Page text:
Medical Minute 11-23:

By: Andrew McIntosh Email
By: Andrew McIntosh Email

Whether it's practicing Tae-Kwon-Do or wrestling around with his younger brother, 9-year-old Parker Gregory doesn't let anything slow him down.

"When I go to the pool and stuff I always like to go off the high dive," said Parker Gregory.

While Parker is full of life, he was diagnosed at age 6 with a deadly disease: Type 1 diabetes. As a nurse, Parker's dad knows the disease all too well.

"I see amputations. I see people losing their eyesight. Kidney failure, heart disease," said James Gregory.

As a father, it was tough to explain.

"I said I'm sorry and had to tell him all those needles and pricks and things that hurt would have to continue for the rest of his life."
"It's not fun at all."

But Parker is a fighter and thanks to the world's first tubeless insulin pump, Parker gets to act like any other kid his age.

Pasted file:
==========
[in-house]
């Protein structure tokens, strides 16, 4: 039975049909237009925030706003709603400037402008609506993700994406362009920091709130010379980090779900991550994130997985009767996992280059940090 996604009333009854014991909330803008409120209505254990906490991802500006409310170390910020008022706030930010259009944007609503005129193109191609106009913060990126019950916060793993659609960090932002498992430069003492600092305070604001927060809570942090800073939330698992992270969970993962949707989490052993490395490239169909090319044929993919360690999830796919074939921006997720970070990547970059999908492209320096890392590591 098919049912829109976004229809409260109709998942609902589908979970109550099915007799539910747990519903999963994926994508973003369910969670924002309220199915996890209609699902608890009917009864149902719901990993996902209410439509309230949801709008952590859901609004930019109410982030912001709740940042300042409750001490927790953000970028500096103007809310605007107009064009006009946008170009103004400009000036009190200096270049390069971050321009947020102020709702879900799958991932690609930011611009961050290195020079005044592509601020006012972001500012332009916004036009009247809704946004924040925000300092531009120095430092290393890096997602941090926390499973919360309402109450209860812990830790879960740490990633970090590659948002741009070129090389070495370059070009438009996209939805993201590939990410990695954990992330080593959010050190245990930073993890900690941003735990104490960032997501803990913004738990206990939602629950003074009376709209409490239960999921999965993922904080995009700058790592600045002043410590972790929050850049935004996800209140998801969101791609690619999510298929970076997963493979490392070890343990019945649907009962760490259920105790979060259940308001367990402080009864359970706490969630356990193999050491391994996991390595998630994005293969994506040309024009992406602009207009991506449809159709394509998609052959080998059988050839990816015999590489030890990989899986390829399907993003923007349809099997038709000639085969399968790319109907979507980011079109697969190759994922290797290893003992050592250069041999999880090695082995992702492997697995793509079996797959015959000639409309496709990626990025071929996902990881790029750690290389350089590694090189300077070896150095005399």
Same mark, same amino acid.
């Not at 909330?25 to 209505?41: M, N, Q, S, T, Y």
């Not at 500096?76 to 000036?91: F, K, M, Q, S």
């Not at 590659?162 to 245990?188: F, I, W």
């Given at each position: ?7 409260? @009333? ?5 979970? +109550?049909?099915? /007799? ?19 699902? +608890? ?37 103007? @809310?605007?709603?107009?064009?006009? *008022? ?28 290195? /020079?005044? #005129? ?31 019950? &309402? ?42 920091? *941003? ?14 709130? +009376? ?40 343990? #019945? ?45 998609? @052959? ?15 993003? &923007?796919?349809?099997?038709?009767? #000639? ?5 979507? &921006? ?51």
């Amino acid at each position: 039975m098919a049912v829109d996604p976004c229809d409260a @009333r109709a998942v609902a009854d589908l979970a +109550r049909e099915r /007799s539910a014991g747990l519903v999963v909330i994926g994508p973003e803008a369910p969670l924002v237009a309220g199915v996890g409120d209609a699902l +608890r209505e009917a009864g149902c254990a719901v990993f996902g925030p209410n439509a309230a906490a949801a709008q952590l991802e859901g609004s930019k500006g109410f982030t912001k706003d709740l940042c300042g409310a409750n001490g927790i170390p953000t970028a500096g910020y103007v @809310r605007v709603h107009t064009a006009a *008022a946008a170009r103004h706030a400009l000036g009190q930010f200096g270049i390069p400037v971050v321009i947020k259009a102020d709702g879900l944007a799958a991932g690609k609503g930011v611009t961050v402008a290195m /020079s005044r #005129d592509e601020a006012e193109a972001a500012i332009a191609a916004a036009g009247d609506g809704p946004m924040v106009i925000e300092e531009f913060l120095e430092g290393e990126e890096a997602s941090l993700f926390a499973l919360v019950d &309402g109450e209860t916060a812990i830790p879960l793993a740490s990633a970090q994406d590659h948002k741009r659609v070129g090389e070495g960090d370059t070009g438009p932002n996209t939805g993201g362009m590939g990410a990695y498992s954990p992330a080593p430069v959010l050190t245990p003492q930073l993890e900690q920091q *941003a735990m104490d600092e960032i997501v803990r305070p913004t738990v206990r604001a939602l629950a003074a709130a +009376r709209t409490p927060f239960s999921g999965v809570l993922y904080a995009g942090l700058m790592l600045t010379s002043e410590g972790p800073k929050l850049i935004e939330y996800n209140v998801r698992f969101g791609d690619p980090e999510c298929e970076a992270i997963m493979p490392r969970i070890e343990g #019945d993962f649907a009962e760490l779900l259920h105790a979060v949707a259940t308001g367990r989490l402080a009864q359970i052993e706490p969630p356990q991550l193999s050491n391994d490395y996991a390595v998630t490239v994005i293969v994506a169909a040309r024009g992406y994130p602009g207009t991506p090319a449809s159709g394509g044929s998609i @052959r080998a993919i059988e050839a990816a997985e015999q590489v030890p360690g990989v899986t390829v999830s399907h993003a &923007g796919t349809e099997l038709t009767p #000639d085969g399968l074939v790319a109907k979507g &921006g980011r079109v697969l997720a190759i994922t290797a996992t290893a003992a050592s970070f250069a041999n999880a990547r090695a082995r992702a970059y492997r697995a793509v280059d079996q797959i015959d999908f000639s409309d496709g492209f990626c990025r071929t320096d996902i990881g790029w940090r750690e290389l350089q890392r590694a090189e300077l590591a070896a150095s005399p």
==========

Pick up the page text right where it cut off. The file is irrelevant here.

"Oh I feel great just like a normal person. Except I have a pump on. It sticks to my body right here."

With a traditional pump, tubing carries life-saving insulin to the body. The omnipod, which is waterproof, delivers insulin without tubes or shots for up to three days.

"You're not pulling out syringes. You're not freaking people out with you know medical supplies."

And it's all controlled wirelessly through this hand-held device, giving kids like Parker the freedom to be themselves.

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